Retirement? What’s that? #6Trudy Dehue (70)
‘I still work just as hard’
This series is called Retirement? What’s that?, right?’ asks retired professor of sociology of science Trudy Dehue (70). ‘Why is that question mark there? I am most definitely retired. I still work just as hard, but I only do things I genuinely enjoy. I couldn’t be more retired if I tried.’
Questions like these are characteristic of Dehue. ‘Back in my day, we mainly talked about how things in science should be. Just like missionaries preaching their religion in Africa, we were always trying to refute people’s ideas.’
Current science sociologists would never do that, she thinks. ‘They’re in Africa to observe and to mainly ask questions: what do these people believe? They don’t draw their conclusions until much later. It’s a lot more precise.’
Happiness is a choice… That will make people incredibly unhappy
One of the issues she’s currently pondering is why students are so unhappy. ‘The current generation of students has been raised with the neoliberal way of thinking, which says that happiness is a choice. But that will make people incredibly unhappy.’ Her questions resulted in a course on the duty of happiness, which she taught at the Honours College at the University of Amsterdam, trying to find the answers with the help of her students. ‘It was fascinating.
She taught the course for three years, which included an extension. When she turned sixty-eight, she was done. ‘That was fine, because a lot of work goes into teaching an entire course. Individual lectures are a lot easier.’
And she gets more than enough invitation to give lectures: somewhere between twenty to forty a year. Even before she retired. ‘They’re great learning opportunities. One time, I got invited to the association of gynaecologists, but I also visited the Dutch society of abortion doctors. I enjoy that kind of variety very much.’
Dehue thinks she gets invited by so many people because she’d decided to no longer publish her work in English. ‘Just like the rest of my colleagues, I wrote in English, since that led ot international acclaim.’ But there was another side to it, she says. Dutch journalist and spokespeople didn’t understand her work very well. ‘I figured I’d make the switch. I want to contribute to society here. From then on, I wrote in Dutch.’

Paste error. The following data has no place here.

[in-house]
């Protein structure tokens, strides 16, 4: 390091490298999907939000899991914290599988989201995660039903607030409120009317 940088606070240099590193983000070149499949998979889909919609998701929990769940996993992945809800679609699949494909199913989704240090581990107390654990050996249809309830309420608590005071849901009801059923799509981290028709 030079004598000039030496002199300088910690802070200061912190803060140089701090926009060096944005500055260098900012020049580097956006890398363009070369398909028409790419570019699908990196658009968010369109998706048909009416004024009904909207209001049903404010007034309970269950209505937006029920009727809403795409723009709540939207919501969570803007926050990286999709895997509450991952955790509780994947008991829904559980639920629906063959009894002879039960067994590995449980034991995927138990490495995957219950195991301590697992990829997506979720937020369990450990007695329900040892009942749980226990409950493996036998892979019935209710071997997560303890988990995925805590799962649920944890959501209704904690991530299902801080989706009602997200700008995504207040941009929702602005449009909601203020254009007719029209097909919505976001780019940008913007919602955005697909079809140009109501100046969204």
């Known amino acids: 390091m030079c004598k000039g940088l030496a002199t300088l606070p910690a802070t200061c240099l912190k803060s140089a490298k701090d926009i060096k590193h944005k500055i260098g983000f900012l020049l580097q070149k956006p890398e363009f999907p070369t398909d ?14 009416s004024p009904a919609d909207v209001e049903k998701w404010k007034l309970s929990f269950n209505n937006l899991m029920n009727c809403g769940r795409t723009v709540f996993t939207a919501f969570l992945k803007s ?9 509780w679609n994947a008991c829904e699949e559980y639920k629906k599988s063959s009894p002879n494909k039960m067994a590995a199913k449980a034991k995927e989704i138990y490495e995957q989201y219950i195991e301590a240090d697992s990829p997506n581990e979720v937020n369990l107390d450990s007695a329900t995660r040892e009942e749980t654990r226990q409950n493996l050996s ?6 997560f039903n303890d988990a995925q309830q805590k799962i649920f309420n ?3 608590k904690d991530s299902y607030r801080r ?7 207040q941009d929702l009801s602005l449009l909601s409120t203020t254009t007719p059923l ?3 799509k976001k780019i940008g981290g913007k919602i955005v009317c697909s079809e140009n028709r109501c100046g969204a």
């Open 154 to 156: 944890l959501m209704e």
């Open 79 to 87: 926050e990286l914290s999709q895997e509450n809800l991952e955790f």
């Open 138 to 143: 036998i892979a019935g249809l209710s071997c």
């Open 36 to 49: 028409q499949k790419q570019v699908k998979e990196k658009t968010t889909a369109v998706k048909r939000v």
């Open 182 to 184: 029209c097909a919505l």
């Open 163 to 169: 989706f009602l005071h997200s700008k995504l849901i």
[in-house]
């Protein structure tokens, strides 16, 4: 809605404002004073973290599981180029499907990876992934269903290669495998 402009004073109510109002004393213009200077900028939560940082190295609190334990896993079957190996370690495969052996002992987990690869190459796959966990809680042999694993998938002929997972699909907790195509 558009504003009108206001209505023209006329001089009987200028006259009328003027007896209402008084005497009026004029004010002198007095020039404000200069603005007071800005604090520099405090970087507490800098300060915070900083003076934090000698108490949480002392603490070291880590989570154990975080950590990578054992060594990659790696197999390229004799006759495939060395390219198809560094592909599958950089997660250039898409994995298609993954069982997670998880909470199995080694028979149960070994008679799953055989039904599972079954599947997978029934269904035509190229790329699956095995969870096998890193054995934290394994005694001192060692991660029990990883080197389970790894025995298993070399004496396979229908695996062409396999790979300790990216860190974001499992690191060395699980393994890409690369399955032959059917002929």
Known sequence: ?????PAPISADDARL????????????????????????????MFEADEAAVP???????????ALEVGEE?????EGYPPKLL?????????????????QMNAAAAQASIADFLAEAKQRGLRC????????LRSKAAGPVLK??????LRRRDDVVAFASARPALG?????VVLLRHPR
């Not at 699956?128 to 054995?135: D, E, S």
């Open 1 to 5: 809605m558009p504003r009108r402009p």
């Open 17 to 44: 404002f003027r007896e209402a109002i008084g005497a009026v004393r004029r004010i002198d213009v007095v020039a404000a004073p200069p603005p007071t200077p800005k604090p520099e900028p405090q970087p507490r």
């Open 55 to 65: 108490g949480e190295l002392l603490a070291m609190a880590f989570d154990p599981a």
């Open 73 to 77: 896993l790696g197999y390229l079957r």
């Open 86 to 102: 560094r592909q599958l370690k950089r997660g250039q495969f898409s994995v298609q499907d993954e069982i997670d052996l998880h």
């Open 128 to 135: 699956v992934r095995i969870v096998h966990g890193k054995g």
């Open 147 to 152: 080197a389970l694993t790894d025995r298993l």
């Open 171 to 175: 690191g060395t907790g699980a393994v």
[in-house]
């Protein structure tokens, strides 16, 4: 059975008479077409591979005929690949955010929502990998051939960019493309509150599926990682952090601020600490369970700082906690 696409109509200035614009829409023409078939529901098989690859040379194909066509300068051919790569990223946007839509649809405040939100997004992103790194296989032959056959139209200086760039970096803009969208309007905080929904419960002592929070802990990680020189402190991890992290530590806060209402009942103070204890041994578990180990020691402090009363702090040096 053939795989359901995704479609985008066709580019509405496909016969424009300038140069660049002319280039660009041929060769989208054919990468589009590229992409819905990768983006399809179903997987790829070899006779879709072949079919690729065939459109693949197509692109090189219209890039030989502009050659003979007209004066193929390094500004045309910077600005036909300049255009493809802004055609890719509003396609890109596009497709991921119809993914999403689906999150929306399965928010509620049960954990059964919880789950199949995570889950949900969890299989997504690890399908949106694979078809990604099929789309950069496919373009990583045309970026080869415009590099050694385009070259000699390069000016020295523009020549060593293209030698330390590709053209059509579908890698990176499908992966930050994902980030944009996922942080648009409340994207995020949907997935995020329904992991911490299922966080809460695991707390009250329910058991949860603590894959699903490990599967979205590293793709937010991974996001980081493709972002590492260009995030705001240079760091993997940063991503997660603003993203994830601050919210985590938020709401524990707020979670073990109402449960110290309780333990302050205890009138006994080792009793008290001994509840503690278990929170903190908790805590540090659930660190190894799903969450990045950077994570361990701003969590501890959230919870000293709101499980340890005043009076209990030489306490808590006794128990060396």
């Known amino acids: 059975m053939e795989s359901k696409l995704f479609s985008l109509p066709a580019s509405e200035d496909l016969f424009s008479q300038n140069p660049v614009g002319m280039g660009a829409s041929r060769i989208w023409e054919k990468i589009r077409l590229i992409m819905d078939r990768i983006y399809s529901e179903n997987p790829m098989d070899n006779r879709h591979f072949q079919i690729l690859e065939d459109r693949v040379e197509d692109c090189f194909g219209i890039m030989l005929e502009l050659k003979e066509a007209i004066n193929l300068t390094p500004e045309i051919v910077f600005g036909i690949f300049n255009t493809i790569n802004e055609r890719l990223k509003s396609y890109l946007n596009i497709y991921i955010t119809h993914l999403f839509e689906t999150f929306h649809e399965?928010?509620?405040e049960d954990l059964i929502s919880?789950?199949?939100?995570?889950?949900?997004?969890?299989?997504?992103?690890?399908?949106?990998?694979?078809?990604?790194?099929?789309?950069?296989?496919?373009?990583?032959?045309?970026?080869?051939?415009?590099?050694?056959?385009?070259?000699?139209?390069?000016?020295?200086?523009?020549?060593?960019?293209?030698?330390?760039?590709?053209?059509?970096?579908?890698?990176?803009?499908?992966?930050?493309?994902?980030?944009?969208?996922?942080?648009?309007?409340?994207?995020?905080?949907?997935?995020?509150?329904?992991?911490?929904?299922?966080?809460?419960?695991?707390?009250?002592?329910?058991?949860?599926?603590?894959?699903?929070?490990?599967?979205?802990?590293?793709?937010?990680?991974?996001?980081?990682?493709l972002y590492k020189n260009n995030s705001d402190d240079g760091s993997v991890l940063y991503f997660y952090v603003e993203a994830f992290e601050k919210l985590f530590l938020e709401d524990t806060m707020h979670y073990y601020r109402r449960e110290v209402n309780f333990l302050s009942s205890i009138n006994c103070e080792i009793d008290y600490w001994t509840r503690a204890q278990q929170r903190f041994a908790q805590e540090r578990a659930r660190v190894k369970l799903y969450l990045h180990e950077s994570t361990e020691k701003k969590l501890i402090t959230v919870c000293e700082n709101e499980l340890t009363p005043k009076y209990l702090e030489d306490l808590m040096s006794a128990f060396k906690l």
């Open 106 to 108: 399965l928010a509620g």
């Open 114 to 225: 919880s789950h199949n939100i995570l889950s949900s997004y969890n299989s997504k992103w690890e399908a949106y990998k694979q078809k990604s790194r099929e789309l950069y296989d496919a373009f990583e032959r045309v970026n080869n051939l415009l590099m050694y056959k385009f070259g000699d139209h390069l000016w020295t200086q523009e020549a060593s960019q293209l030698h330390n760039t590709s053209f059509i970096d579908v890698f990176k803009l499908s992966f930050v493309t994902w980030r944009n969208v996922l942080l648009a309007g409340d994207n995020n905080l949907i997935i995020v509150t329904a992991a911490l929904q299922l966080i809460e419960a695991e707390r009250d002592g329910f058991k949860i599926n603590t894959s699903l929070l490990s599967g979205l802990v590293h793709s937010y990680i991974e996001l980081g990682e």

It worked. A publishing house noticed her Dutch articles and asked her to write a book, resulting in De depressie-epidemie (The depression epidemic), which aims to find out why depression is on the rise in a country like the Netherlands. It became a bit of a hype, she says.
Before, everything had to be done so quickly, but now I can finally work according to my own standards of quality
‘I spent five years in my office working on that book, and when I opened the door it was to flashing cameras. Every columnist was writing about it.’ She was invited to prestigious television programme Zomergasten and gave a host of lectures. Even now, fourteen years after the book was published, she’s still being asked.
Retirement also came with another perk: time. ‘I am able to be much more exact than ever before’, she says. ‘Before, everything had to be done so quickly, but now I can finally work according to my own standards of quality.’ She spent two years writing a chapter on what happens in the human womb during pregnancy. When she finally finished, her publisher loved it, but Dehue didn’t. Something was nagging at her. ‘So I unravelled the whole thing and started over.’
Because she now writes in Dutch, Dehue is no longer internationally recognised, but she is genuinely reaching people. ‘One time, I was crossing the Rozengracht in Amsterdam and I heard someone call my name: “Hey, Mrs. Dehue!” I yelled back, figuring it was a former student or something, but next thing I knew, a man cycled past me. He yelled back at me over his shoulder: “I loved your book!” Turns out I didn’t even know him. But I loved that.’
Retirement? What’s that?
Series | These scientists don’t know how to quit